Has Criminology Been Gender Blinded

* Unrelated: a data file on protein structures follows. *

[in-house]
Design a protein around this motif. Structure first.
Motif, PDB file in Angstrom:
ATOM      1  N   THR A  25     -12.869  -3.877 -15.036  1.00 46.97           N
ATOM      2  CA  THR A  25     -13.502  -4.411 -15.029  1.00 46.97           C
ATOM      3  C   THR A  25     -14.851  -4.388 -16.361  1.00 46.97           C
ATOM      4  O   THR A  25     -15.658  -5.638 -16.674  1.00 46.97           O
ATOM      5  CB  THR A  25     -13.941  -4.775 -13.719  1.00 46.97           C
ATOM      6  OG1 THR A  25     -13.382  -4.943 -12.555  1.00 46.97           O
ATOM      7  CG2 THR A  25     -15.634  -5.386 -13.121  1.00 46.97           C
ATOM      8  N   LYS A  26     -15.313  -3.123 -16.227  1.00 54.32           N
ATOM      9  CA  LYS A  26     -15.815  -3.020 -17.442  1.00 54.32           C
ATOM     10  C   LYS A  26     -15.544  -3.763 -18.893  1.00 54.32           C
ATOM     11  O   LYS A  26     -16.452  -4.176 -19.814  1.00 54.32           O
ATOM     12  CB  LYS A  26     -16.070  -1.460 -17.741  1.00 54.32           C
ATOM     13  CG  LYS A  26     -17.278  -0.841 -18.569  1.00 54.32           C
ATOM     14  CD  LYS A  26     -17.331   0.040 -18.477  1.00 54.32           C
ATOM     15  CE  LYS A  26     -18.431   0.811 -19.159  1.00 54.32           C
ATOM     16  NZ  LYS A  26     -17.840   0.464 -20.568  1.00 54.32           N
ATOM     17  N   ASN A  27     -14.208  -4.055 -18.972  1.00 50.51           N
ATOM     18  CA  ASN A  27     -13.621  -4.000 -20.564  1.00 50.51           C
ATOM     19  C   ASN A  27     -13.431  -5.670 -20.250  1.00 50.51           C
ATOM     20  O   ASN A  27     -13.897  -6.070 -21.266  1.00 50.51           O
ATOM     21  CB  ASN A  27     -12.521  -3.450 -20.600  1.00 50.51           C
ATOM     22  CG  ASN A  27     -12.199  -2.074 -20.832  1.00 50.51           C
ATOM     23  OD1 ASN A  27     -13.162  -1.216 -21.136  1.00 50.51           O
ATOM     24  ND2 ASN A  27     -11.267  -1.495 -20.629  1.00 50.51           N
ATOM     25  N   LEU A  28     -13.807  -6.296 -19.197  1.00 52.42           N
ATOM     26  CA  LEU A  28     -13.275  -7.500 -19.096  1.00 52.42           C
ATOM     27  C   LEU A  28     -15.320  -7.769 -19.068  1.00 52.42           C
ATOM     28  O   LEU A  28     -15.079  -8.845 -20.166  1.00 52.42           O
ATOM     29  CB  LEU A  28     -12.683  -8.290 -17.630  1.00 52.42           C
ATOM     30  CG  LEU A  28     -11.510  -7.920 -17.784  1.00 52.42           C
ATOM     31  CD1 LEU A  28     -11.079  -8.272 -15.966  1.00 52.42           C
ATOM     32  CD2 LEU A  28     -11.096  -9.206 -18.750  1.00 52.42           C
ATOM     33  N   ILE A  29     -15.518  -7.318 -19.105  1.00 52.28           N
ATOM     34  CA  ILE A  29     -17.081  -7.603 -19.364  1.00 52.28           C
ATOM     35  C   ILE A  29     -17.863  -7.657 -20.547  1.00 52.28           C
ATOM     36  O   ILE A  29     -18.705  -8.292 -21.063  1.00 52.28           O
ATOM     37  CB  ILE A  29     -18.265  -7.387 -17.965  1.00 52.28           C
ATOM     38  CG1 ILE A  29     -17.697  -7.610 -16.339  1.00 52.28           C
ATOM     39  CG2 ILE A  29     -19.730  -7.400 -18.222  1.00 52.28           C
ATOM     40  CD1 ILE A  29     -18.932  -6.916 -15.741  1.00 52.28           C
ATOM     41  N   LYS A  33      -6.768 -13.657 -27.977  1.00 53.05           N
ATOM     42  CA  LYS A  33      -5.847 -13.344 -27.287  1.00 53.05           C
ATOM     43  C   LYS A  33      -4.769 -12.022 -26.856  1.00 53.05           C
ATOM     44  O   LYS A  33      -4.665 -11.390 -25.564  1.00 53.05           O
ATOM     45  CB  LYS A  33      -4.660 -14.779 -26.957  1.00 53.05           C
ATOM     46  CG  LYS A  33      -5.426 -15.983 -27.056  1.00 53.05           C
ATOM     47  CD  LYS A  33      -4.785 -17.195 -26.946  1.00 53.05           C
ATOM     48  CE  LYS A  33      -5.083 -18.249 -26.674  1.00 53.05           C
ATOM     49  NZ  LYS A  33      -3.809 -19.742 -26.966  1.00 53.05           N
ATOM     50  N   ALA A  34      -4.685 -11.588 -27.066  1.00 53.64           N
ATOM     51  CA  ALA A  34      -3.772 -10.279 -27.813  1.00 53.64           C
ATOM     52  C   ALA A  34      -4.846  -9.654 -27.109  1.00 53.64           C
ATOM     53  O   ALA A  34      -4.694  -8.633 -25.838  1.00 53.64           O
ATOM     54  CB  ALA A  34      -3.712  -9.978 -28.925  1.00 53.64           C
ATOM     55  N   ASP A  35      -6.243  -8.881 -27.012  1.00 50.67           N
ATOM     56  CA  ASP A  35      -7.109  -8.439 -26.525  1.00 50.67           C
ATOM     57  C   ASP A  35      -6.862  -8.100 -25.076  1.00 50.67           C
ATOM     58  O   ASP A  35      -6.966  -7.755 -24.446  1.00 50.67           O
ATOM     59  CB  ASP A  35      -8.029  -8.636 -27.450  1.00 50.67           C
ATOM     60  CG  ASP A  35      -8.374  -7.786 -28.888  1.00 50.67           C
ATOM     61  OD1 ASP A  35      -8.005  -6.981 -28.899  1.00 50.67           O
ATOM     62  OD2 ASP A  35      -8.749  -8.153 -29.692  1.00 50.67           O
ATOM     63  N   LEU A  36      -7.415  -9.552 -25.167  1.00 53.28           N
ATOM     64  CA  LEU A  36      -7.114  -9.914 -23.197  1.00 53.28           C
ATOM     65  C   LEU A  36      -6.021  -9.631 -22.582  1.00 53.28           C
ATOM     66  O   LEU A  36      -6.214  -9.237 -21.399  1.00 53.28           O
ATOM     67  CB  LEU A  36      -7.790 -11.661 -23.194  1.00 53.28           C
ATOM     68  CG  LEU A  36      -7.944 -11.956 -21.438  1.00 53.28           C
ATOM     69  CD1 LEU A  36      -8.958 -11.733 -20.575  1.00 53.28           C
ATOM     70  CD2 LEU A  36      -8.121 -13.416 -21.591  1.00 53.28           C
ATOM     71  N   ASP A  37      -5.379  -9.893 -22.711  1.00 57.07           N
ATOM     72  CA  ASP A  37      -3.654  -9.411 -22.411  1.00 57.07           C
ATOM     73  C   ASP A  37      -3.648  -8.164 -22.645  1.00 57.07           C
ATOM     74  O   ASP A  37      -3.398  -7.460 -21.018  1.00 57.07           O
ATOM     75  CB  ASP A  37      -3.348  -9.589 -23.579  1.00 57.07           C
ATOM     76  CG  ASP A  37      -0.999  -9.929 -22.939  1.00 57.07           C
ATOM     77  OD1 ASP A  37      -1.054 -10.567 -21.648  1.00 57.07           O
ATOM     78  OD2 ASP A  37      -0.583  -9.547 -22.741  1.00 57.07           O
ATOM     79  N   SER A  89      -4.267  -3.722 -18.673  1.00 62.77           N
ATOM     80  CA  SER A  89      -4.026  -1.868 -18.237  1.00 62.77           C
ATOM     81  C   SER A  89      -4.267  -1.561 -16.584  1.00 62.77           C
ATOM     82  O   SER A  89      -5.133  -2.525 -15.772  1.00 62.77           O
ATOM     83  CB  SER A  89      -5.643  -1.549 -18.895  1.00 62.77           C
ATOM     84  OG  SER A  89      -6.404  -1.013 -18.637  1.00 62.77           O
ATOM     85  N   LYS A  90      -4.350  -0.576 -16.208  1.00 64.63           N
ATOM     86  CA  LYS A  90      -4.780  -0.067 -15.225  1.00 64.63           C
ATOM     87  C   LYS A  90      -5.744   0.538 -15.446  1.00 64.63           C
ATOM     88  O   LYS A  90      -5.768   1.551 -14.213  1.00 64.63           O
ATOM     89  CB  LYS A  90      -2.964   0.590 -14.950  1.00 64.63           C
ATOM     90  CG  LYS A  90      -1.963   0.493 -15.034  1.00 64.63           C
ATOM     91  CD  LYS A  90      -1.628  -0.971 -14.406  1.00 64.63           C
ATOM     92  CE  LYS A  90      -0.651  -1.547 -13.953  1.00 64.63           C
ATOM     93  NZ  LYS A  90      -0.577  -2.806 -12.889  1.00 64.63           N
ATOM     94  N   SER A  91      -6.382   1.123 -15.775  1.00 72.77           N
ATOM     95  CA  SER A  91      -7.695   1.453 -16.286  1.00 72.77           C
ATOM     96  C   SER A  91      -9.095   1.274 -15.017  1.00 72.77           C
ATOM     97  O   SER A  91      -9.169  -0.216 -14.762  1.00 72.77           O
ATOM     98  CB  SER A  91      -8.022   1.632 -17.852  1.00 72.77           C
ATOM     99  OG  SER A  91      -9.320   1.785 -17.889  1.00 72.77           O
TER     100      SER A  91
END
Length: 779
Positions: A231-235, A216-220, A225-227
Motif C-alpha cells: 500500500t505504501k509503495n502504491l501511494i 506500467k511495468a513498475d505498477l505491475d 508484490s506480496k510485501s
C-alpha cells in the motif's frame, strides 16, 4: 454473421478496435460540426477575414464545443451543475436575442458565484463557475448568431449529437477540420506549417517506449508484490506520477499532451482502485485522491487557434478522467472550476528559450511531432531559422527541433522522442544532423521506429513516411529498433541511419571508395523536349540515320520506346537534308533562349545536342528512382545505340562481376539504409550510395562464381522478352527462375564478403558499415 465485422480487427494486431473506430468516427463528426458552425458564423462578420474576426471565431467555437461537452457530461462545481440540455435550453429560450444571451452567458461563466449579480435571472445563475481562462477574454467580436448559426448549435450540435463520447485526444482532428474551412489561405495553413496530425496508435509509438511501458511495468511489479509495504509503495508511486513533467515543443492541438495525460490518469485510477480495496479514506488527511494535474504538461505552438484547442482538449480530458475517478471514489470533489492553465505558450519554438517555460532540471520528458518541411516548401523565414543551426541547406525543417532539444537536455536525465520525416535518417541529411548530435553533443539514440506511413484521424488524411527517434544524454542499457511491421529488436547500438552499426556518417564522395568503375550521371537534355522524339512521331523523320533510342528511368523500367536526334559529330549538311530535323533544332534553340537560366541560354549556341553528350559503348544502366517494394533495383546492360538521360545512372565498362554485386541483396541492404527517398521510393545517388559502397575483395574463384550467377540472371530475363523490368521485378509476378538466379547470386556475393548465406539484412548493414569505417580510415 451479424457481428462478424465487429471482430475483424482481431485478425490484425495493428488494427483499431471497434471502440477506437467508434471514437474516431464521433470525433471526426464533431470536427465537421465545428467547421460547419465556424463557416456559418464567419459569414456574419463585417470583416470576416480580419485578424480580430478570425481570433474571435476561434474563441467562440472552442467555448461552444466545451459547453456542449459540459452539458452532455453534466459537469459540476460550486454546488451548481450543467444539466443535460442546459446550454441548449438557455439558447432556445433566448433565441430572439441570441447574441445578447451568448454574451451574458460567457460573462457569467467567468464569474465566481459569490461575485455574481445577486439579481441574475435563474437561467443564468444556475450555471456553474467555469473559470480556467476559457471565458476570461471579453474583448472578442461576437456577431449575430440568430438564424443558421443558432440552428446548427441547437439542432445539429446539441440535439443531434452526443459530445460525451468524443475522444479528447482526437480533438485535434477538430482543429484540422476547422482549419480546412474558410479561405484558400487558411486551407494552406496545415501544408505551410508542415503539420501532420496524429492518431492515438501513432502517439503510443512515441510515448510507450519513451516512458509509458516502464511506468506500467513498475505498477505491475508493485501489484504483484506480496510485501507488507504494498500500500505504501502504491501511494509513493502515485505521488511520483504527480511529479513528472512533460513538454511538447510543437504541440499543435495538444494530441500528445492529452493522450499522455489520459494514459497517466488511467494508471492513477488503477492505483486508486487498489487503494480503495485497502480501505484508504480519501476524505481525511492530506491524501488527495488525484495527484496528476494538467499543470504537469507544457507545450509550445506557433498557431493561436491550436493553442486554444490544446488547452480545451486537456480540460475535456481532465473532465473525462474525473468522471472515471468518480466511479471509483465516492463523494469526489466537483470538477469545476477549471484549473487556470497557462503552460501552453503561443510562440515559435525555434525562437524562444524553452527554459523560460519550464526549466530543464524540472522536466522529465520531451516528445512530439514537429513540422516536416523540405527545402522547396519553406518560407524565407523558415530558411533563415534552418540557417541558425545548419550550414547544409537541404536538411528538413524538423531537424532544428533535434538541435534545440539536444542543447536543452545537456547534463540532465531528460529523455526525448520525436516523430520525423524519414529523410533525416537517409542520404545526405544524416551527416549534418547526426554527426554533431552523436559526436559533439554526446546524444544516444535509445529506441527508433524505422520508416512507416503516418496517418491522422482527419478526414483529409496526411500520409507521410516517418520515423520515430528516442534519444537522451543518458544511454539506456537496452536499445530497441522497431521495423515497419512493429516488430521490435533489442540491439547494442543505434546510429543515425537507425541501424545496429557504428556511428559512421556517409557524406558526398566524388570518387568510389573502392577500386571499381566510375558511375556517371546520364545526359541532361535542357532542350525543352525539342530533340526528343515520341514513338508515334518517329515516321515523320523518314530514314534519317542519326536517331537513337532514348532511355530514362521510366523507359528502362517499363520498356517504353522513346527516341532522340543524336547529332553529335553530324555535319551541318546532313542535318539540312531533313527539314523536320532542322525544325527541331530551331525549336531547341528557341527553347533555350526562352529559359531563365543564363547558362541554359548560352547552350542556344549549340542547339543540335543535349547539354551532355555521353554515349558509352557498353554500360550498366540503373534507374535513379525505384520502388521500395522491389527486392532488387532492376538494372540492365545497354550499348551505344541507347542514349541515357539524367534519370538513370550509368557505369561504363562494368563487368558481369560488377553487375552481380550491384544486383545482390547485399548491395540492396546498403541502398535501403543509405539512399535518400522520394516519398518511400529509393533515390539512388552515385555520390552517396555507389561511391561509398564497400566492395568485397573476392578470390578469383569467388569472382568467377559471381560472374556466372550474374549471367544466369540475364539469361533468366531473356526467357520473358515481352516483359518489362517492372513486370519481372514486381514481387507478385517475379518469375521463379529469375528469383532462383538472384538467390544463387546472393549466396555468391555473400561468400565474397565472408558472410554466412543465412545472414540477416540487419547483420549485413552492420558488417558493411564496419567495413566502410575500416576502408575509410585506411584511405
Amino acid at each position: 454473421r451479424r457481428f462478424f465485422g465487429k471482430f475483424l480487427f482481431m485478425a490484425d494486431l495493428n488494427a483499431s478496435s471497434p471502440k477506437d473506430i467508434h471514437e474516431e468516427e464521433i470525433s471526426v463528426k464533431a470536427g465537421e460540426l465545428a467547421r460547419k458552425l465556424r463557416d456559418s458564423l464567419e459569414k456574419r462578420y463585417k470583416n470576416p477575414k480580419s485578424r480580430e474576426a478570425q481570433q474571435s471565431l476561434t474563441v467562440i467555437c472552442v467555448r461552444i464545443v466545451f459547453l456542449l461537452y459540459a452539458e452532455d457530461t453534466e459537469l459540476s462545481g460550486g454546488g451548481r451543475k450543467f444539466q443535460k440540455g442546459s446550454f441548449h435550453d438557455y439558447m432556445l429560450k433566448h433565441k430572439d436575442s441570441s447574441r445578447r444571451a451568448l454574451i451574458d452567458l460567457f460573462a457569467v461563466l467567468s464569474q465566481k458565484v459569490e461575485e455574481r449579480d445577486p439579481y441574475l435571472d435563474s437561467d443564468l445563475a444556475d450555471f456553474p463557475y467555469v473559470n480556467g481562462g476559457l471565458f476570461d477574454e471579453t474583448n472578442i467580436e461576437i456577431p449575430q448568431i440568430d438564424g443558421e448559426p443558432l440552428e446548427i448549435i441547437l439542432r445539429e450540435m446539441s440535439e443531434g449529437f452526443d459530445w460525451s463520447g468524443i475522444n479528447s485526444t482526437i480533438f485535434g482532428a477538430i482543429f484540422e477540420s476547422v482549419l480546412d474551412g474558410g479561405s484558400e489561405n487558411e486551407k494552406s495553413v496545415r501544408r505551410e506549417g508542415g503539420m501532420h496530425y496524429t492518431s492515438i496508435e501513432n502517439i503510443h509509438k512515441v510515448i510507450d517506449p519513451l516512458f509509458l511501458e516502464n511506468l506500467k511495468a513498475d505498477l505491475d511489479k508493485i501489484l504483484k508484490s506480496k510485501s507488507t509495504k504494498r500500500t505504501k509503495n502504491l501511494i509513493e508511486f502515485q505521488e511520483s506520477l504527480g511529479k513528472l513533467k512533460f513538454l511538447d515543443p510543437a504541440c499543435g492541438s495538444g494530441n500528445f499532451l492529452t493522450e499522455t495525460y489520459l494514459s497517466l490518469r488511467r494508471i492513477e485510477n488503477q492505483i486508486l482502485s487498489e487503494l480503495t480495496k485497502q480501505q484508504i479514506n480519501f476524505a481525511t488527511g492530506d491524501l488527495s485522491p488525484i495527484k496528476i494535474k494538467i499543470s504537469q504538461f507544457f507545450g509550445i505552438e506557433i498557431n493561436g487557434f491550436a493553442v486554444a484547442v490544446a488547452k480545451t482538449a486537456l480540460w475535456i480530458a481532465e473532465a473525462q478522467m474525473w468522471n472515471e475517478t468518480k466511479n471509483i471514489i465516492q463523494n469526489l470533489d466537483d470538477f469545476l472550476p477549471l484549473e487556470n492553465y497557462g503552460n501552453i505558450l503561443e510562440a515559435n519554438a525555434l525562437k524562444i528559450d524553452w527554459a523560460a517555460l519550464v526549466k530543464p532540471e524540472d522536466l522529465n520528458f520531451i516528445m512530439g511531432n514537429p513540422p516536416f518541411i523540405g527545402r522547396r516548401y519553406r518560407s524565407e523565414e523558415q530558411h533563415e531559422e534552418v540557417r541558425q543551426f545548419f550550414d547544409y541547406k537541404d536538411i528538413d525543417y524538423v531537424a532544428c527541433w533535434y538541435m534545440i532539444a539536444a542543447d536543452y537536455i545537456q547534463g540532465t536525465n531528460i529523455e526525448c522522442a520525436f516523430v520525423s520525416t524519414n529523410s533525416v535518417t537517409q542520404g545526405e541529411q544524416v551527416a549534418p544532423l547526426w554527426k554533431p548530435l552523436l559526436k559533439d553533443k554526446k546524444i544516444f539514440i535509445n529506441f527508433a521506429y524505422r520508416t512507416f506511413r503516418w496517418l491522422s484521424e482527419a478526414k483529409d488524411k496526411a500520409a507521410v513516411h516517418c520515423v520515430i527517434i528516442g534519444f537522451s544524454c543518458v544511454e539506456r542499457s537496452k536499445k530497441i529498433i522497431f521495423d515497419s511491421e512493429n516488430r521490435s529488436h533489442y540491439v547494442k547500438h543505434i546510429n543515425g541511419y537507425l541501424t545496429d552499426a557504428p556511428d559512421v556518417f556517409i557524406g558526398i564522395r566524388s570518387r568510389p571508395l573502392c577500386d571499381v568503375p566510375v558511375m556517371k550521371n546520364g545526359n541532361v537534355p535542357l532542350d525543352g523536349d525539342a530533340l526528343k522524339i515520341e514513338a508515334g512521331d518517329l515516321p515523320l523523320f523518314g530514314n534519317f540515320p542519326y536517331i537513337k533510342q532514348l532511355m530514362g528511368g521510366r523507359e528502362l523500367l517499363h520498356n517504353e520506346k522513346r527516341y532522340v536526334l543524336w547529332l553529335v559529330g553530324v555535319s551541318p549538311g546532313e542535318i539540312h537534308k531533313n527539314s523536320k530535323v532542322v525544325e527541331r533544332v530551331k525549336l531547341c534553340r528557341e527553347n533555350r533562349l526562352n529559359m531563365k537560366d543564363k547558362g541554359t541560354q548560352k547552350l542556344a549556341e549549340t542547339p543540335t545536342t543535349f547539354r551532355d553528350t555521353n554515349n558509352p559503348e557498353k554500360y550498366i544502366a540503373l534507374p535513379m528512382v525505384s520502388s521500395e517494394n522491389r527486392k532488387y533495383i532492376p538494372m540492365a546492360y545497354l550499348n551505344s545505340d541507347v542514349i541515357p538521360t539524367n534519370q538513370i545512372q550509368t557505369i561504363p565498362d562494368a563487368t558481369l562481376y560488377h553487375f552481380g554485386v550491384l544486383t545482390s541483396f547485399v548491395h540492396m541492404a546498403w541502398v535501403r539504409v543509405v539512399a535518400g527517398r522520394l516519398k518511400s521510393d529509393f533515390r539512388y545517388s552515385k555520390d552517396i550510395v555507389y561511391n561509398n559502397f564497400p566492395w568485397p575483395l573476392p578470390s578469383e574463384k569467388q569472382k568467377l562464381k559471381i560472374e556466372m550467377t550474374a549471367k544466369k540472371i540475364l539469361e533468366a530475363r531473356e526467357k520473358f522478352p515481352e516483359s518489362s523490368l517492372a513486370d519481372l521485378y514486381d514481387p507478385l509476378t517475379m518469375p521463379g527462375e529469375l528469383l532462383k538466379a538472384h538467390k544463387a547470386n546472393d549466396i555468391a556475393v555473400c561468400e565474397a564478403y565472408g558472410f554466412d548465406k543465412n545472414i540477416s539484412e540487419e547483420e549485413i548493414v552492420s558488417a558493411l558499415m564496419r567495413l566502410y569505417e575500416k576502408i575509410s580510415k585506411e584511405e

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Criminology has been ‘Gender-blind' rather than ‘Gender neutral'. Discuss It has been argued that the gaze of criminology has been primarily focused on male offenders, Cain (1989) argues that criminology is in fact incapable of speaking in gender neutral terms (cited in Walklate 2001: 19). A reason for this includes that history has been prepared to offer universal explanations of crime achieved by the study of the male offender. Feminists such as (Naffine 1997: 18) believe that criminology has been ‘dominated by academic men studying criminal men'. A major concern for feminist writers on this subject is that for many the world is seen as a masculine one, despite facts clearly proving that it is made up of feminine and masculine attributes, they see this as a clear example of gender blindness (Walklate 2004: 22). This essay will discuss the historic assumptions of the female criminal, theories of gender blindness which look toward the feminist criminologist perspective on gender attempting to show studies where the female criminal has been studied, but to which degree, and finally does this present criminology as more of a sexist social science, gender blinded or possibly even gender biased discipline. It is important to understand if criminology could have became embedded with gender assumptions (Paul Rock 1986) believes so and that they were created through various theoretical and analytical approaches within criminology, (Gouldner 1968) also was of the same opinion explaining that these assumptions did exist and that they were indeed so deep in the foundations of the study that the were taken for ‘granted as given' (both cited in Walklate 2001: 17). A brief look at the history is now needed to understand more concerning these claims. Cesare Lombroso was responsible for many studies into the criminal, he published six editions of his notorious book ‘The Criminal Man' between 1876-1897 each edition published to combat criticisms from the last, Lombroso included criminality from various aspects including age, race, mental capability, climate and the epileptically insane. Only once did he mention women within these writings and this was regarding the phenomenon of prostitution, he saw this as the only deviant behaviour manifested by women and could not detect signs of criminal diversity within the women's body (http://www.museocriminologico.it/lombroso_3_uk.htm). Lombroso also published ‘The Female Offender' in which he espoused the belief that criminals possess an innate and ‘atavistic' predisposition towards crime. Lombroso and Ferraro (co-author) attributed that women's lower crime rate was a result of their maternity, want of passion, sexual coldness, weakness, and undeveloped intelligence. Women criminals, however, were more male than female and deficient in such typical feminine characteristics. Instead, they exhibited ‘strong passions and intensely erotic tendencies,' as well as high intelligence and physical strength. Although society believed that women criminals were capable only of a lower level of criminality because, as women, they lacked the blend of intellectual features required of more demanding crimes, such as murder and assault (http://www.questia.com/PM.qst?action=getPage&docId=5000298254). Therefore it can be said that this contributed to the existence of certain presumptions towards women within crime. From (Jones 1998: 287) it is found that Freud also considered the aspect of women and crime, he went beyond the biological explanations of Lombroso stating that anti-social behaviour is link to basic human instincts being uncontrollable at time. Also believing that female offenders are more male than female however he cited this as a result of their failure to conform to their nurturing role as women. This is still gender blind as it disregards sexual differences in offending behaviour. A contradiction of both of these authors comes from Dorie Klein (1973) claiming that in one instant women are...
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